When I asked for ingredients for this year’s 52 challenge, the suggestions I received fit into two categories: ingredients with which I am familiar, some I have even used, and ingredients with which I had no knowledge. This week’s Ingredient, bitter melon or gourd, is the latter.
I had never heard of bitter melon or bitter gourd, which are the same thing. It was recommended to me by Sarah, who is an Ayurvedic practitioner. She shared with me the digestive benefits of bitter gourd/melon. She also reminded me that *bitter* is a word most of us don’t embrace, we consider it a repugnant flavor, although many of us often eat items that are technically bitter, such as lemons, coffee, beer and unsweetened cocoa.
Unable to find fresh bitter gourd/melon, I used the canned variety. It was canned in brine, which may have contributed to the acidic taste. The texture was that of a limp pickle, the kind that sat in the back of the frig for too long. The texture is similar, which is probably because bitter gourd/melon comes from the same plant family as the cucumber.
In researching bitter gourd/melon, I discovered it is often combined with coconut, occasionally used in recipes with curry. I decided to make a sauce for a Japanese cheesecake in hopes the sweetness of the cake would compliment the bitter in the sauce. AND…it worked! I will make the sauce again, perhaps cook it down even further to use as a macaron filling. The cheesecake was also very good, just a bit shorter than I had hoped for. The texture was slightly crumbly, yet moist and the flavor was sweet without being too sweet. The sauce and the cheesecake together were so tasty that I ate the last piece for breakfast this morning, no way could I wait until lunch!
8 ounces Better Than Cream Cheese, room temp
1/4 cup unsweetened almond milk
1/2 cup sugar
3 eggs, separated*
1/2 cup cornstarch
3 T. lemon juice
1 t. cream of tartar
2 to 3 cups boiling water
Preheat oven to 350 degrees. Oil a cake pan with grapeseed oil and set aside. (I used a 9″ cake pan, smaller would work to increase the height, but also would increase the baking time.)
In bowl of stand mixer, beat the Better Than Cream Cheese and almond milk until well-combined. Add 1/4 cup of sugar, 3 egg yolks, cornstarch and lemon juice. Continue mixing until smooth.
Using hand mixer in a small mixing bowl, beat egg whites until soft peaks form. Set aside.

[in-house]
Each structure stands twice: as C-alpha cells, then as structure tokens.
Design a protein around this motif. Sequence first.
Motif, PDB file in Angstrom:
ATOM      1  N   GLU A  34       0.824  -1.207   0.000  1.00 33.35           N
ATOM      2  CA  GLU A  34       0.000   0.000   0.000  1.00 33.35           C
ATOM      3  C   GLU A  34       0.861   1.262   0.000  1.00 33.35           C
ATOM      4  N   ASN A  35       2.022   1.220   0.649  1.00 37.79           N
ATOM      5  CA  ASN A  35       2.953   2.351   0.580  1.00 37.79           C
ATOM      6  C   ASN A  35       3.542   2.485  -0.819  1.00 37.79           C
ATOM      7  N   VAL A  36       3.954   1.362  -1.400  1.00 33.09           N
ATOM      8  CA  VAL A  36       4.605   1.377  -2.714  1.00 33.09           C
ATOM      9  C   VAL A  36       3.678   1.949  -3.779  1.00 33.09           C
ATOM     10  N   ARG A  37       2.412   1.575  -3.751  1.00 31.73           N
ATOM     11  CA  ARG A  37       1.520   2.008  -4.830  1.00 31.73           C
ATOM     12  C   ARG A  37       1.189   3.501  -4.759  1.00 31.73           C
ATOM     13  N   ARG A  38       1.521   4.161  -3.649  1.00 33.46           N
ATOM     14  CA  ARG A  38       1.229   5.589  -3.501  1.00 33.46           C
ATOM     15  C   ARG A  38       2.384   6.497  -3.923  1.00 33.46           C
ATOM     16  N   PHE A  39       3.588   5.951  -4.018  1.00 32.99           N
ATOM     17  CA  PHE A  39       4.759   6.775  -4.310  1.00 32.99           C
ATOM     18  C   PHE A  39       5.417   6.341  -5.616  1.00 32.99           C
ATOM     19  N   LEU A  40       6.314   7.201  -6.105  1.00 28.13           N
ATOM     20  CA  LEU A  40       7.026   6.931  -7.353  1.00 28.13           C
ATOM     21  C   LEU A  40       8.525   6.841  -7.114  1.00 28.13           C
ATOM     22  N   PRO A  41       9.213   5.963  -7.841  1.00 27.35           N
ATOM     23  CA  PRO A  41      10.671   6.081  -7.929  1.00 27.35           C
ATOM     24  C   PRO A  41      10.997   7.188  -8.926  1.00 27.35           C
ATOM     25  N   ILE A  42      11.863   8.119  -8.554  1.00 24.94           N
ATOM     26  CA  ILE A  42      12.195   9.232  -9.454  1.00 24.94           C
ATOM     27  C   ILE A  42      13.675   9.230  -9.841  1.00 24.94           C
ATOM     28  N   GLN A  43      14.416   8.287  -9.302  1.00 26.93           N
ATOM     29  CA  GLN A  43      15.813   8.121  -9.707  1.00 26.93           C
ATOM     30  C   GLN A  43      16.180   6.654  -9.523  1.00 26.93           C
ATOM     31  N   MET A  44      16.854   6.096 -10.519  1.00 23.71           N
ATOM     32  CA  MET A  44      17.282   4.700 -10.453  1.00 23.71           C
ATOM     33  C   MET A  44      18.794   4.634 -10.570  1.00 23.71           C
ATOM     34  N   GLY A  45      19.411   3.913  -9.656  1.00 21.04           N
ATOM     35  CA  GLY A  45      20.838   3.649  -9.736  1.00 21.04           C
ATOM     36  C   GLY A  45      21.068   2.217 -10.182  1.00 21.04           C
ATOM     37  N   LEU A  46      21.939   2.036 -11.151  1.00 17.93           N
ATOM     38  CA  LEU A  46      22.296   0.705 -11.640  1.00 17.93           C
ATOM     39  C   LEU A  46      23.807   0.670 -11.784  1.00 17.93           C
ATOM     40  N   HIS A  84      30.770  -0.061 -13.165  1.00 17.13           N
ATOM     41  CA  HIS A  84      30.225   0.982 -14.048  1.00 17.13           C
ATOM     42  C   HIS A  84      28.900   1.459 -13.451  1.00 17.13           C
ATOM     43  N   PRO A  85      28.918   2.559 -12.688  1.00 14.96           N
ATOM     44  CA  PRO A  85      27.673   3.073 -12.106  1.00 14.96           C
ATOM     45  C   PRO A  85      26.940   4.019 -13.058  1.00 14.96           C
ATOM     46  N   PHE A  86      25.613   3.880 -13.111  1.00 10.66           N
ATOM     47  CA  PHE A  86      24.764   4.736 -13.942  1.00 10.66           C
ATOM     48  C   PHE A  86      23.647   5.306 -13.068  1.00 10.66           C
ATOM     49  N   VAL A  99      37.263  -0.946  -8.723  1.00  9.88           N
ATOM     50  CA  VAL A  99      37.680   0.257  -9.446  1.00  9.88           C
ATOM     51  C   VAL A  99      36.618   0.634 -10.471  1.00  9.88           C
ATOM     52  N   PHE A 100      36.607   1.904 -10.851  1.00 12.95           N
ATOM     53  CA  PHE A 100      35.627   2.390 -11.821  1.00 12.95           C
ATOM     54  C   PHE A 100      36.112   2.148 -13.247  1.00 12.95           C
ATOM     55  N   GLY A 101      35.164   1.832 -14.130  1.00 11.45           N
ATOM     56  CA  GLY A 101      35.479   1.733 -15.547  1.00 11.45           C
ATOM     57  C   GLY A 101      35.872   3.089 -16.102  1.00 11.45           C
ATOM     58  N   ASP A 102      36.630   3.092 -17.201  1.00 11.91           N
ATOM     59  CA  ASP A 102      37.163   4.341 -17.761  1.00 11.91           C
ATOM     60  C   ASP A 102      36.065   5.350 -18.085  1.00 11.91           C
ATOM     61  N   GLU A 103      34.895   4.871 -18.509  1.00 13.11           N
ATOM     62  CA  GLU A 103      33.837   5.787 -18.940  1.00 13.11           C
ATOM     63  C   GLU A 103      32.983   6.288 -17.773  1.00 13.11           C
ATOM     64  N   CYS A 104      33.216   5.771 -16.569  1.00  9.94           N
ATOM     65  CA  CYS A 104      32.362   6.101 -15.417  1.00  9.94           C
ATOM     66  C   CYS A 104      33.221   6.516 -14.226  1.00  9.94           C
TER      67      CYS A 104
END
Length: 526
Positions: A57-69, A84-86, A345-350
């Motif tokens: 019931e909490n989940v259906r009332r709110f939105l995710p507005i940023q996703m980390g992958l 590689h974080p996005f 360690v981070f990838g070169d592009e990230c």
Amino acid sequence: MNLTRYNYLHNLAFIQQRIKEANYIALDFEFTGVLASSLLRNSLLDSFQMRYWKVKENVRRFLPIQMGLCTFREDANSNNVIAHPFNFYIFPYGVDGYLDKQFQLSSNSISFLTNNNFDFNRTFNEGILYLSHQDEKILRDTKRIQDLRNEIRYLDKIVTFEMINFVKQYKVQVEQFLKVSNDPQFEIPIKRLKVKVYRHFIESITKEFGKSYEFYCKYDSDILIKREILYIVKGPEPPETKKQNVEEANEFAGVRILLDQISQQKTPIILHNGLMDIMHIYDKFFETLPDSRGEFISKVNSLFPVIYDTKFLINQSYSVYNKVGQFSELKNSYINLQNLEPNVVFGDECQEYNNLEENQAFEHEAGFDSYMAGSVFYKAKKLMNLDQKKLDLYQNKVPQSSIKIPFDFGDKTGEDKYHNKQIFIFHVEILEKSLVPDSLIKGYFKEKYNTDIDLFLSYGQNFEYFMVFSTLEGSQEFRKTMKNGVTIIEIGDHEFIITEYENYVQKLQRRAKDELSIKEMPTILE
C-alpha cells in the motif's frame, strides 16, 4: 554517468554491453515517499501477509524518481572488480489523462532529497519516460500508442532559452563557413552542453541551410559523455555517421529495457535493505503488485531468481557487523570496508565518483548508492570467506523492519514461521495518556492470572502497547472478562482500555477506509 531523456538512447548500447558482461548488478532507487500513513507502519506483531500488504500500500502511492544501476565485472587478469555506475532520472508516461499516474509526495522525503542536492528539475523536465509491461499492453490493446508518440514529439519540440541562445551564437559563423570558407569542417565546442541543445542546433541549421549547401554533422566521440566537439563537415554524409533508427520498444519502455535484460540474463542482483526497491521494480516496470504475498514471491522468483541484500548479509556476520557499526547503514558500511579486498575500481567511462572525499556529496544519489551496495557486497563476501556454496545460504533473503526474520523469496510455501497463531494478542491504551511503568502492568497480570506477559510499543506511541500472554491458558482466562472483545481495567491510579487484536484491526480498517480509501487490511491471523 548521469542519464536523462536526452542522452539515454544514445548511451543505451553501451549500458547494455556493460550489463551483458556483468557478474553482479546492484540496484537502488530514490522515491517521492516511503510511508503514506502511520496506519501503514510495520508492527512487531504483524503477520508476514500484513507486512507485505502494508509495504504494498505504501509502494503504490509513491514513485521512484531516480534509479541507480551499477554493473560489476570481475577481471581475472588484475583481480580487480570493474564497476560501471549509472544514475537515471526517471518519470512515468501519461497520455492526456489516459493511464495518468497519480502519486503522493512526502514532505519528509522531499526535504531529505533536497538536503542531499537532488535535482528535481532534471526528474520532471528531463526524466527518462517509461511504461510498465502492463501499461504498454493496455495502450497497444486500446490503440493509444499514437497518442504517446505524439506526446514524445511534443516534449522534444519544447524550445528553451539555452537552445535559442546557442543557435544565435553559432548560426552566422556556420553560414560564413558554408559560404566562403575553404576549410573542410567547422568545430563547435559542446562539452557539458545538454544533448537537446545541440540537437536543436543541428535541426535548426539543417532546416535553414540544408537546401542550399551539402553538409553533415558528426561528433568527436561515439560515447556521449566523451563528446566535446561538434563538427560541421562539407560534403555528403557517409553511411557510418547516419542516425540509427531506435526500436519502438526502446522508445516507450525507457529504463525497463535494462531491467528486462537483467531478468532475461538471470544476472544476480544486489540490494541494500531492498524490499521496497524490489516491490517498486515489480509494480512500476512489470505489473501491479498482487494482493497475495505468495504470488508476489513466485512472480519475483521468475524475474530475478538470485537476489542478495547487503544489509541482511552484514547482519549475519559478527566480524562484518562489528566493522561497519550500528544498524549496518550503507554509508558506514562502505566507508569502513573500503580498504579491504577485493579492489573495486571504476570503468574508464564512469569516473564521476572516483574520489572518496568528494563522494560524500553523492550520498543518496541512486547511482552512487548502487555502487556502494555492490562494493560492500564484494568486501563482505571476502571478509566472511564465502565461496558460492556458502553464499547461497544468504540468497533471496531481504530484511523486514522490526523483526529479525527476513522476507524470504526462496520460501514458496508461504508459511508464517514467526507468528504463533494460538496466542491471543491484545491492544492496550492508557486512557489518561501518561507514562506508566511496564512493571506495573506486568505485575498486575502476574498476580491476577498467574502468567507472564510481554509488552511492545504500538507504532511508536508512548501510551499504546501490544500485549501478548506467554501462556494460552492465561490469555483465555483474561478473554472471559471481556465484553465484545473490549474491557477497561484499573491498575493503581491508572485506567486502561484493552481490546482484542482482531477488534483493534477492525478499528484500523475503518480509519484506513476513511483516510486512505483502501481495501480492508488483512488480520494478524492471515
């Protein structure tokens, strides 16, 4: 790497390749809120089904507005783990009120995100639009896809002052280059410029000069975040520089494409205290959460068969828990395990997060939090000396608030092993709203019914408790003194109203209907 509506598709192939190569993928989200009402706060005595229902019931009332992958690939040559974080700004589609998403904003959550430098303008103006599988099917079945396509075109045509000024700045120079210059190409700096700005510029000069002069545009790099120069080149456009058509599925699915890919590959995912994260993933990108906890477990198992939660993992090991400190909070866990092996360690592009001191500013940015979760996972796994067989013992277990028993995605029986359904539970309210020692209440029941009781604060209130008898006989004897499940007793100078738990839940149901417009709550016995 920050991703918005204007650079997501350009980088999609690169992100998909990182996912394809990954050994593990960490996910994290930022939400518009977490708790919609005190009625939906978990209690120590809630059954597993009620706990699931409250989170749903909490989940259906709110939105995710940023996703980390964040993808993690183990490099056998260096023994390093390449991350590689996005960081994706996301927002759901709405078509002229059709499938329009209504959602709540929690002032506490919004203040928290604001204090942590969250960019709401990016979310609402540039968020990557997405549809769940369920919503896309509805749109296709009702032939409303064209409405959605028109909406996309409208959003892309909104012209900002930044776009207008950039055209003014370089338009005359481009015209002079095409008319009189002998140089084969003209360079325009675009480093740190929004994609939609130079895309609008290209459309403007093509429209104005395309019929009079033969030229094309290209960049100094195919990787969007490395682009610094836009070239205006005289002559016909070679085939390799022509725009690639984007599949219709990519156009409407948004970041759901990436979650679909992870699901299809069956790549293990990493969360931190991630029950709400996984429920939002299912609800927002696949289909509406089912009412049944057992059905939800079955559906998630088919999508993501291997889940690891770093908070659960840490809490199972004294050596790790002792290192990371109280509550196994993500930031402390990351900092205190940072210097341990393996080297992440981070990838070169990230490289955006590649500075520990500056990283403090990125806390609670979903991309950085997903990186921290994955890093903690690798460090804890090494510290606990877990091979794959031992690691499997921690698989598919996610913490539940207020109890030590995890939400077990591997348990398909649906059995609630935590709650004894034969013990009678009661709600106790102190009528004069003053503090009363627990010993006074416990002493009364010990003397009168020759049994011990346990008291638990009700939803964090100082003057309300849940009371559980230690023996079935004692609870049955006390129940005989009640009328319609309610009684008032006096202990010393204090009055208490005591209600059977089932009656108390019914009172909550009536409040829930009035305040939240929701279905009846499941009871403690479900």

Return to the stand mixer and gradually add in the remaining 1/4 cup sugar and cream of tartar. Mix on medium to medium-high for 6 to 8 minutes.
Using a spatula, fold in the egg whites very gently.
Pour batter into cake pan. Place cake pan in a large roasting pan and put into the oven. Pour boiling water into the roasting pan, enough to come about 2/3 of the way up the cake pan. This creates a water bath.
Bake for 30-35 minutes. A cake tester or toothpick inserted in the middle of the cake will come out clean when it is finished. Light browning may start on the top near the end of baking time.
Let cool before slicing and serving.
*I use farm fresh eggs. Each egg in the shell weighs an average of 53 grams. It was recently pointed out from a reliable source that farm fresh eggs and typical grocery store eggs may not be equivalent in baking recipes. I thought I should let you know. Now go, find a farmer and buy your eggs there. Or get yourself some hens!
|Sauce before cooking|
Bitter Gourd/Melon Coconut Curry Cheesecake Sauce
1 can bitter melon/gourd in brine (1 lb. 3 oz. can was used)
1 c. coconut milk in a can
1/2 c. unsweetened coconut shreds
1 c. sugar
1/2 t. curry powder
Drain bitter melon, rinse with water. Chop into 1/4″ pieces.
In a small saucepan, combine bitter melon/gourd piece, coconut milk, coconut shred, sugar and curry powder. Cook over medium heat until bubbling. Reduce to a simmer and cook for 30 minutes, stirring only occasionally. (If this was going to be turned into a jam, I would suggest not stirring at all.)
Using an immersion blender (or countertop blender if that’s what you have), puree the mixture. It will not blend to a completely smooth mixture, but instead will be slightly lumpy. It’s an unusual, yet delicious, concoction that would be tasty with cookies, on top of a waffle, as a cake filling.
Have you cooked or baked with bitter gourd/melon? I’d love to hear how you used it!
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